, a stop on the way to his family's unimaginable destination, his own elite school dure ray doe -- el durado. thank you very much. [applause] >> thank you. thongs -- thank you to the three authors, and we have time for two questions only. two questions only. thank you. >> hello. >> hi. >> well, thank you, that was really tremendously interesting. my question is you said something about see a lot of promise for the second term. i know none of us have a crystal ball, but seeing what you know, all three can speak to this, of the experience the last four years, what do we expect to see in the next four years, do you have any ideas? >> okay. [laughter] >> very quickly. i'm going to give an answer that sounds like it's old, but i think it's new, and that is, i think we -- many of us tend to forget that the health care act, which was enacted in the first term, will really be felt in the second term in so many ways, and i think that as that rolls out over the next two years, that that accomplishment, in and of itself, in the way it effects millions of people, much like as michael described th
] >> and tell us your name. >> marilyn hemmeasuring el. >> keep the microphone. i have a follow-up question. you give the analogy of parents paying their kids or giving their kids rewards for studying, learning, getting good grades? did you, did you ever pay your children for getting good grades? >> never, but i didn't have to. [laughter] >> they did well -- >> i meant different families, different households. but in a house o hold where this isn't encouraged and the school is doing the encouraging because the parents haven't or the kids aren't exposed, this is the responsibility of the school is to educate. parents aren't helping it along, the school has to do heroic things. >> heroic things. >> yes, heroic things. >> and heroic things may include $50 for an a? >> no, you said $2 a book. [laughter] difference. let's be reasonable. >> things within the bounds of the economy. >> yes. [laughter] >> yes. >> hi. i'm a former teacher, many, many, many years ago, and i think that in this, um, suggestion shows a lack of willingness and expectations. i think what you're talking about when parents don't
? and by the way i have two children who are at el haines. i was also trade in the parent perspective have full transparency what my kids were learning every day in class. when we started to work on this idea, and realized that it needed to be a separate organization, that thought about this at scale, we came across this question, what is the best way to organize ourselves to get the job done, right? so it was, in making the choice to become a for-profit it was not sort of from the starting point of, how can we recognize an opportunity to make money? it was, how do we take a problem that exists at e. l. haines at one of the highest performing schools in d.c. and exists at most schools in the country and try to solve that and what is the best vehicle to get there? to my surprise, i was teacher for seven years, principle and cao for five years, went to business school and spent most of the time translating from the for-profit terminology into the paradigm of nonprofits my cofounder and i decided we would be best served being a for-profit and there were a few reasons for that. one is a website we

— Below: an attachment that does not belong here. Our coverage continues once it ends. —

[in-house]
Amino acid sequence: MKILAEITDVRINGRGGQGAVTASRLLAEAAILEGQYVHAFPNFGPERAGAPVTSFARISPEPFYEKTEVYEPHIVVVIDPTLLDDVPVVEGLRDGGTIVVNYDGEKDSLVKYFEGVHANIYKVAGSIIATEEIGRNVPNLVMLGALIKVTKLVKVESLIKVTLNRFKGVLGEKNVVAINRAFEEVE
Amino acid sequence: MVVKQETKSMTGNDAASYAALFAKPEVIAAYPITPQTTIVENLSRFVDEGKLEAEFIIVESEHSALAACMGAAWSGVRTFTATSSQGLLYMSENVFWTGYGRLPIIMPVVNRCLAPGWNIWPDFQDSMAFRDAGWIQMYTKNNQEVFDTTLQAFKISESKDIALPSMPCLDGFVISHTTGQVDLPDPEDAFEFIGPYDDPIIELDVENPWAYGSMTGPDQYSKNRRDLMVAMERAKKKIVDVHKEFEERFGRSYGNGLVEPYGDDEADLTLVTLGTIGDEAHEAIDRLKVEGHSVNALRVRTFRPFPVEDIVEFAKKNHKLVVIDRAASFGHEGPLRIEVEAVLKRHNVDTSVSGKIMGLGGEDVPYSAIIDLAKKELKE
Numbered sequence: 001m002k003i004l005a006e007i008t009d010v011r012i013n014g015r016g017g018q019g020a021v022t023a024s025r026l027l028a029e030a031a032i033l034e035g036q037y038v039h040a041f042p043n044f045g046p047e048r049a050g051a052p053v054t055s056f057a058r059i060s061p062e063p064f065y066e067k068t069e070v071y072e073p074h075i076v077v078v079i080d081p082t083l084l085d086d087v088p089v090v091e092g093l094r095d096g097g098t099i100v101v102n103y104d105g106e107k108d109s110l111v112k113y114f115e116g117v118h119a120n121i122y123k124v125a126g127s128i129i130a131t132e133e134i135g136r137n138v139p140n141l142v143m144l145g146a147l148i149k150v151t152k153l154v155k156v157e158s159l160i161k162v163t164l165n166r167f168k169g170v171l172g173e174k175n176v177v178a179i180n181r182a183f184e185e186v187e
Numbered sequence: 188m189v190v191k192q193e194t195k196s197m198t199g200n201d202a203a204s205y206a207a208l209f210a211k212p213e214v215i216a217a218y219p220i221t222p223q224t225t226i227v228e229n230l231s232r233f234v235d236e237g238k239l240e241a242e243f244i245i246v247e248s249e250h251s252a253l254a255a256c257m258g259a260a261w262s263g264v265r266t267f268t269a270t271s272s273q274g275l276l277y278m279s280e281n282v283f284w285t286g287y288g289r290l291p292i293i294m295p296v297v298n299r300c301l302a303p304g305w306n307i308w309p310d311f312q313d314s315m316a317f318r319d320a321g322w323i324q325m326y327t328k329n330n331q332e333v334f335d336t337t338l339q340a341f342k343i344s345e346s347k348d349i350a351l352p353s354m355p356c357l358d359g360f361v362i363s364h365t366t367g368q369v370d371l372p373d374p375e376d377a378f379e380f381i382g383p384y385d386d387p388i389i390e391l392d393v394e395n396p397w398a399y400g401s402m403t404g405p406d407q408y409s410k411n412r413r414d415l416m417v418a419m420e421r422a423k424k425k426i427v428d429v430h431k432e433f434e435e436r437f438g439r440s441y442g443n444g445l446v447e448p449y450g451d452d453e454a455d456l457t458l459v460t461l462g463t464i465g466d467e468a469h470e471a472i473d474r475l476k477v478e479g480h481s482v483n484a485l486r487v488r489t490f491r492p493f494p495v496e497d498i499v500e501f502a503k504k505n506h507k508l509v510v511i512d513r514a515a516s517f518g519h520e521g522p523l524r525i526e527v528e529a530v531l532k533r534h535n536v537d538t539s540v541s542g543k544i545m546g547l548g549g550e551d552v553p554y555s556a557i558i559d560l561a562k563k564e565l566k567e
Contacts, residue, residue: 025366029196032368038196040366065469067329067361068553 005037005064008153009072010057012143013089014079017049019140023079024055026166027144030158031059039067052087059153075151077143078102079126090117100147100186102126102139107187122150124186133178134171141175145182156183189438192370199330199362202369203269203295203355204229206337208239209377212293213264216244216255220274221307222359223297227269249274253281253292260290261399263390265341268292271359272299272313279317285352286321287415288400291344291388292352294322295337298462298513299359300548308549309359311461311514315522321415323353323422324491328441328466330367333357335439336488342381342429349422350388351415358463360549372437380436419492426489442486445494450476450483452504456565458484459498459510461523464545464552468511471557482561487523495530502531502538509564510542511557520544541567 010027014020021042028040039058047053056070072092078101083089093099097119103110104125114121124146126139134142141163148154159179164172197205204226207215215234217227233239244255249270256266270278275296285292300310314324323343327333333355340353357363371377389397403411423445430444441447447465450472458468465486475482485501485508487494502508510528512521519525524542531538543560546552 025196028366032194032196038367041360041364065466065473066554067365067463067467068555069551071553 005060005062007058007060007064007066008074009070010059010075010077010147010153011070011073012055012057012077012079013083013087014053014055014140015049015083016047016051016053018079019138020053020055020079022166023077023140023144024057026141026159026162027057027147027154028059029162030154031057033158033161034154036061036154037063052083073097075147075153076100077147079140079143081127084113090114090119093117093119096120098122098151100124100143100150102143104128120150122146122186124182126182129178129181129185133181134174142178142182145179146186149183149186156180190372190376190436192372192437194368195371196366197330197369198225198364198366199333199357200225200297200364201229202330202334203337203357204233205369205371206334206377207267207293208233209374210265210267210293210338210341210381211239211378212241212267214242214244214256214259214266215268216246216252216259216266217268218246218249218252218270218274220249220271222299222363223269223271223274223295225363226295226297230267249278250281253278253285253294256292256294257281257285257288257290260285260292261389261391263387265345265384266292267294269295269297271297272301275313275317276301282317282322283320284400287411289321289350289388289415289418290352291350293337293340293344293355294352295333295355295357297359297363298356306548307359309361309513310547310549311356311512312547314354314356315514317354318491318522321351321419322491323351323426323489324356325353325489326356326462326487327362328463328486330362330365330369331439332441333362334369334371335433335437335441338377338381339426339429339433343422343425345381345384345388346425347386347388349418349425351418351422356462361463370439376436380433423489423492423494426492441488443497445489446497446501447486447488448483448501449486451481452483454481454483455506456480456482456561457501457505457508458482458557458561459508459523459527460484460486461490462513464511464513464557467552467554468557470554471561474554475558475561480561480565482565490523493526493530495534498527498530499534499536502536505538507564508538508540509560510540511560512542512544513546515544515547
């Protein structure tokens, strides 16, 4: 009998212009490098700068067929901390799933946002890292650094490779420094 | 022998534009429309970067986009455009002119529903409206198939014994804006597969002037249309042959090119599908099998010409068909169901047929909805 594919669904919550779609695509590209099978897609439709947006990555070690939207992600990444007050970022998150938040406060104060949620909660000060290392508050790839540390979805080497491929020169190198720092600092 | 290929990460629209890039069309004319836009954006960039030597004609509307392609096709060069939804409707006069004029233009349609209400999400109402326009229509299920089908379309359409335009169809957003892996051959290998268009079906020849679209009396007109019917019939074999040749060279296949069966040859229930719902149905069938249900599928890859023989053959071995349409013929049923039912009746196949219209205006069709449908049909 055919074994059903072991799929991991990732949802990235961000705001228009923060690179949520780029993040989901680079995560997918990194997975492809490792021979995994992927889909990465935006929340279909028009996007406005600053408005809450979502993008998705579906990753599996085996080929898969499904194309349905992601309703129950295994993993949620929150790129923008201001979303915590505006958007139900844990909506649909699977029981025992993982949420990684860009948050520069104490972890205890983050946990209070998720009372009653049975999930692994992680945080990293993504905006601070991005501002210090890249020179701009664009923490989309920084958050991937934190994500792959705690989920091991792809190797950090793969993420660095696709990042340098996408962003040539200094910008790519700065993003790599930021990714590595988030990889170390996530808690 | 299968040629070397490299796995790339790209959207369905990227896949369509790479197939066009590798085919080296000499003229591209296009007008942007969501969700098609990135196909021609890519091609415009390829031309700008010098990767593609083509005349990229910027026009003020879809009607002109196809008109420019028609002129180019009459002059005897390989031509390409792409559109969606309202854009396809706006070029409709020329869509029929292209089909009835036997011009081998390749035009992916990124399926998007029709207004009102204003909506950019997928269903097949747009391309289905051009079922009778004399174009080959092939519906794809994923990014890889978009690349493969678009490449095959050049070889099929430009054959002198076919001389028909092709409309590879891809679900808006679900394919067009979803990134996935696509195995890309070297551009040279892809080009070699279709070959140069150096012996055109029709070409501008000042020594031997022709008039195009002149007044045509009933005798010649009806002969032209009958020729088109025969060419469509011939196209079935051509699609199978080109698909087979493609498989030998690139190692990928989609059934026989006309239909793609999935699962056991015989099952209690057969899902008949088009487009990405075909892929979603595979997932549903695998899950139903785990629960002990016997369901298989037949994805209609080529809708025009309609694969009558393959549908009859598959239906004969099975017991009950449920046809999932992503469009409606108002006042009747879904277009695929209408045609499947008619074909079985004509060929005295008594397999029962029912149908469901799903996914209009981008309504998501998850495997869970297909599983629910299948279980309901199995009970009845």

of colorado. i'll be looking closely at the number of republican votes that are coming out of el paso county and douglas county and mesa county on the western slope. another swing county that we pay attention to is larimer connecticut which is northern colorado, home to colorado state university. then we'll be looking at, um, as far as democrats, we'll be looking at boulder and denver and seeing, you know, if they're getting their numbers the way they want to. and the democrats have paid considerable attention to the southwest corner of the state, um, la plata county, home to durango, so we'll be looking to see if they're banking lots of votes in the southwest corner of the state as well. >> check out c-span's campaign 2012 web site where you can watch the candidates on the campaign trail as well as their latest ads and web videos. also check our social media section to see what the candidates, reporters and other viewers are saying about the presidential race. it's all at c-span.org/campaign2012. >> as part of our campaign 2012 coverage, c-span is bringing you house, senate and governor deb
Search Results 0 to 21 of about 22 (some duplicates have been removed)